The Stone Baby: Being Pregnant For 60 years
CULTURE | February 27, 2017
In humans, the average period for gestation is between eight and ten months. The exceptions to this occur in cases where the fetuses are delivered prematurely and encounter problems like underdeveloped organs which include the lungs and brain, as well as weak immune systems.
At the other end of the spectrum, babies that are overdue also are at risk of developing infections from the amniotic fluid that they sit in. However, in most situations, mothers either spontaneously go into labour or have to be induced in order to deliver the baby safely.
In some rare, but not unheard of circumstances, the fetus is not medically able to survive its full term of gestation and dies in utero. In this instance, doctors usually recommend that patients have the dead fetus as well as other sustaining structures removed and cleaned out of the womb. If the fetus is not removed from the womb or location of implantation, it may be marked as foreign and harmful to the mother’s body.
As a result, the host seeks to protect itself by continuously coating the mass in calcium so as to shield it off from the mother. In this way, all tissue and other material are kept encapsulated and cannot infiltrate the body of the mother. The end result of the calcification of the mass is a lithopaedion or common known as a stone baby.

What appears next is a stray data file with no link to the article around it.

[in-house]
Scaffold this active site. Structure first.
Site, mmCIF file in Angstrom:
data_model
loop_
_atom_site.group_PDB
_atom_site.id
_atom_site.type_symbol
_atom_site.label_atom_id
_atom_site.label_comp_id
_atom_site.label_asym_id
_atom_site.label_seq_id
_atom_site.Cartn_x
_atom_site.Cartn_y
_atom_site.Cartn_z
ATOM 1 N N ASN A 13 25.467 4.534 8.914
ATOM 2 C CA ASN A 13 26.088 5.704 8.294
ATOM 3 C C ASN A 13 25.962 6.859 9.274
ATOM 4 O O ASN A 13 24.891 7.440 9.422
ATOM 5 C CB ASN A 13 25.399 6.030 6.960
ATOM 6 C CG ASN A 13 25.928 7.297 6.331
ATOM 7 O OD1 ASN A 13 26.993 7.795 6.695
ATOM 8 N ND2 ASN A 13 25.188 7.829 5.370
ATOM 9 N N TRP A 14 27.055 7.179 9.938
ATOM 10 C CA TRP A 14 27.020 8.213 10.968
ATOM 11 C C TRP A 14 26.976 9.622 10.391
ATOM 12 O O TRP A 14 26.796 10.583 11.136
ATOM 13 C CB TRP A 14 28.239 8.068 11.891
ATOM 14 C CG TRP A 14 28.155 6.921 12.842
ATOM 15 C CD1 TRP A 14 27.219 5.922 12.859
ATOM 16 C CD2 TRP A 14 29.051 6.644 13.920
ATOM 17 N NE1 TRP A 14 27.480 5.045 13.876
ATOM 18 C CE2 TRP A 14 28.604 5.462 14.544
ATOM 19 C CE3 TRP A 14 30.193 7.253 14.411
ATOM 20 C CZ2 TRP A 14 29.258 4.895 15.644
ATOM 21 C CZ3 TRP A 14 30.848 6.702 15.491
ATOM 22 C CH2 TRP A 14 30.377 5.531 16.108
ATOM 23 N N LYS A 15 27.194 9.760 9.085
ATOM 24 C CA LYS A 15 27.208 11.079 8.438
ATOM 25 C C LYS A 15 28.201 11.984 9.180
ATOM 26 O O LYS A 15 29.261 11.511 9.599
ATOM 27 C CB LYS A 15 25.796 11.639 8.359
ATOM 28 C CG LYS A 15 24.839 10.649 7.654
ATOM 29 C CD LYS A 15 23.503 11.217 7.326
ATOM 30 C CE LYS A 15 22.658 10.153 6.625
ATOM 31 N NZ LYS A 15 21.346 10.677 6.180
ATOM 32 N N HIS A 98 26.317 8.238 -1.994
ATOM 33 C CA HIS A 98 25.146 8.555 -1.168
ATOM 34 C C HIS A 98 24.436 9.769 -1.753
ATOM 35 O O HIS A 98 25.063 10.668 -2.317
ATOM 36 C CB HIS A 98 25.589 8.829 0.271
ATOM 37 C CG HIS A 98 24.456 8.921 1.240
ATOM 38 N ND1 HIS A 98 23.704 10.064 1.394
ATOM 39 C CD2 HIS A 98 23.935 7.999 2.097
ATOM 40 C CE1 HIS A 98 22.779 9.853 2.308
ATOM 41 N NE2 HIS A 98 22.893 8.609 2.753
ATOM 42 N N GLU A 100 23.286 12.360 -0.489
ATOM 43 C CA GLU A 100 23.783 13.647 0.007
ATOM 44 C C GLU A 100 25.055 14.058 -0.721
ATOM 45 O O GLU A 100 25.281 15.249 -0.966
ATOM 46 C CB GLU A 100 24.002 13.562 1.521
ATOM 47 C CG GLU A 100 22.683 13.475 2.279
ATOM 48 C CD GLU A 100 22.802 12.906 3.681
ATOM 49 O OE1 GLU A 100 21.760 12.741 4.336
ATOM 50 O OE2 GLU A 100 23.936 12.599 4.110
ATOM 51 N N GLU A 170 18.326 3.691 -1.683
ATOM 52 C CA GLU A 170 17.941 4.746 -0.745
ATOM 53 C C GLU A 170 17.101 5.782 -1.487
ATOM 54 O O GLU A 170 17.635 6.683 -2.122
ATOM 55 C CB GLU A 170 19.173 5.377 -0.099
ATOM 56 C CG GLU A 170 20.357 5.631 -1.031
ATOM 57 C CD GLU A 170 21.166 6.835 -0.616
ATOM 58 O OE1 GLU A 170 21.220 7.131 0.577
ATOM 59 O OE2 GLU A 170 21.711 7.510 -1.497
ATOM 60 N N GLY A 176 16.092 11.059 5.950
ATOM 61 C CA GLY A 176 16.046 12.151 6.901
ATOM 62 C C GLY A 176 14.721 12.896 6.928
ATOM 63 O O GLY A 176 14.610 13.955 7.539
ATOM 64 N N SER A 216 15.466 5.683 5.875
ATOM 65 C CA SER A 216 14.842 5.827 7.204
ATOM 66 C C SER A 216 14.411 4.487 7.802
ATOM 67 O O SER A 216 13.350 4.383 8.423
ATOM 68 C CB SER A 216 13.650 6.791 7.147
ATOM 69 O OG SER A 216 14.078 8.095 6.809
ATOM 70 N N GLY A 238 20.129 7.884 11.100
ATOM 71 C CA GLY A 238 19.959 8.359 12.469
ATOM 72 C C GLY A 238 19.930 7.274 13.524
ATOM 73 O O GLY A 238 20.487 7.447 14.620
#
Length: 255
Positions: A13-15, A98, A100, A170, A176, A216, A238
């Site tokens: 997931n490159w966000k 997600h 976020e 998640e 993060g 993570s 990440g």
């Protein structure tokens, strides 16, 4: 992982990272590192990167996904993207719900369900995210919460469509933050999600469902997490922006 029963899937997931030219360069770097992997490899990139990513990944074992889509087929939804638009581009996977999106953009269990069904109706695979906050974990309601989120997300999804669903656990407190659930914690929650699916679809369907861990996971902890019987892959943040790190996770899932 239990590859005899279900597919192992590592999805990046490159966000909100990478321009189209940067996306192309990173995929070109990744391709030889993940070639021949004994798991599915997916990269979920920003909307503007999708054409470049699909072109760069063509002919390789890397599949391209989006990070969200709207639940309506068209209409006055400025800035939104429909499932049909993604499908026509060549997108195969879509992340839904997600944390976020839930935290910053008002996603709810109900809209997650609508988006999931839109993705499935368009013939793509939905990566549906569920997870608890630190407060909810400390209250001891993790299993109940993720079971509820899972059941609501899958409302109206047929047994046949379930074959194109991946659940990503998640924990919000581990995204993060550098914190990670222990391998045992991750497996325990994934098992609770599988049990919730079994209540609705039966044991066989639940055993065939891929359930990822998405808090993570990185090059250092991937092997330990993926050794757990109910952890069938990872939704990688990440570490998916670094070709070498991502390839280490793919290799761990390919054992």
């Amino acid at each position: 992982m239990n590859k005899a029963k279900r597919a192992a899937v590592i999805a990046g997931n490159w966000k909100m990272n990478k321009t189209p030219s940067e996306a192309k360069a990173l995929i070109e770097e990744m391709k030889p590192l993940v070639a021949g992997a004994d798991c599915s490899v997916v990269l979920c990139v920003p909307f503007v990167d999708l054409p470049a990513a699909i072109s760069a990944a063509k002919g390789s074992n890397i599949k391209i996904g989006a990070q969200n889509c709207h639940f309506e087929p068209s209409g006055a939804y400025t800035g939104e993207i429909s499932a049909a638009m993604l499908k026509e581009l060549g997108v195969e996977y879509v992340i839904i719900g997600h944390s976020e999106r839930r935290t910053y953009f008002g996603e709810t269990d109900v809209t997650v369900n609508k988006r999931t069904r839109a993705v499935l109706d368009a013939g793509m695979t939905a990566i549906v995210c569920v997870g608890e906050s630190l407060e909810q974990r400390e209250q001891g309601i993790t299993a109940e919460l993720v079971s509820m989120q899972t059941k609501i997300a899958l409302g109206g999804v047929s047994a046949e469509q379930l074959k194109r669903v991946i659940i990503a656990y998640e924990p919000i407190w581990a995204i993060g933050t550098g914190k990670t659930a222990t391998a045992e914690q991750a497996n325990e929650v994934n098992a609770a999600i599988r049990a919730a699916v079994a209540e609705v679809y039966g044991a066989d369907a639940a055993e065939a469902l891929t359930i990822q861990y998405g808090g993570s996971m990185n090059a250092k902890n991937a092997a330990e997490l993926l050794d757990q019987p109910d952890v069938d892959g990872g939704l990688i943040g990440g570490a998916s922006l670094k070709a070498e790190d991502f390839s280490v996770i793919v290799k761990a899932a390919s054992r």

The lithopaedion is usually common in pregnancies with abnormalities such as ectopic pregnancies in which the fetus is attached somewhere other than the uterus. The world’s longest known case of lithopaedia is that of a Chinese woman by the name of Huang Yijun.
Born is 1917, Yijun came from a poor working province in Southern China and in 1948, at the age of 31, she became pregnant. Tragically however, the baby died before coming to full term and Yijun who had been advised by doctors to have the baby removed was too poor to afford the procedure hence, she allowed the dead fetus to remain in her abdomen.
Overtime, Yijun’s body, which could not reabsorb the fetus, began layering the mass with calcium forming a functional barrier between her system and the dead fetus’s. This went on for a whopping 60 years as Yijun experienced no obvious side effects besides her enlarged belly; it was only the new development of pain which became unbearable which lead to her decision to have her 60 year old fetus removed in 2008.
Studies estimate that there have only been 300 reported and documented cases of lithopedion in the world. This is a direct correlation between the facts that lithopedion occur in cases of gestational abnormalities which occur 1 in 11,000 pregnancies and out of those abnormalities only 1.5% to 1.8% develop into lithopedion. Luckily however, modern day advances and healthcare provisions and systems have made essential services such as screening and prenatal and post-natal checks more available, accessible and affordable for women in many parts of the world who would not have it otherwise.
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Kennita Leon Rose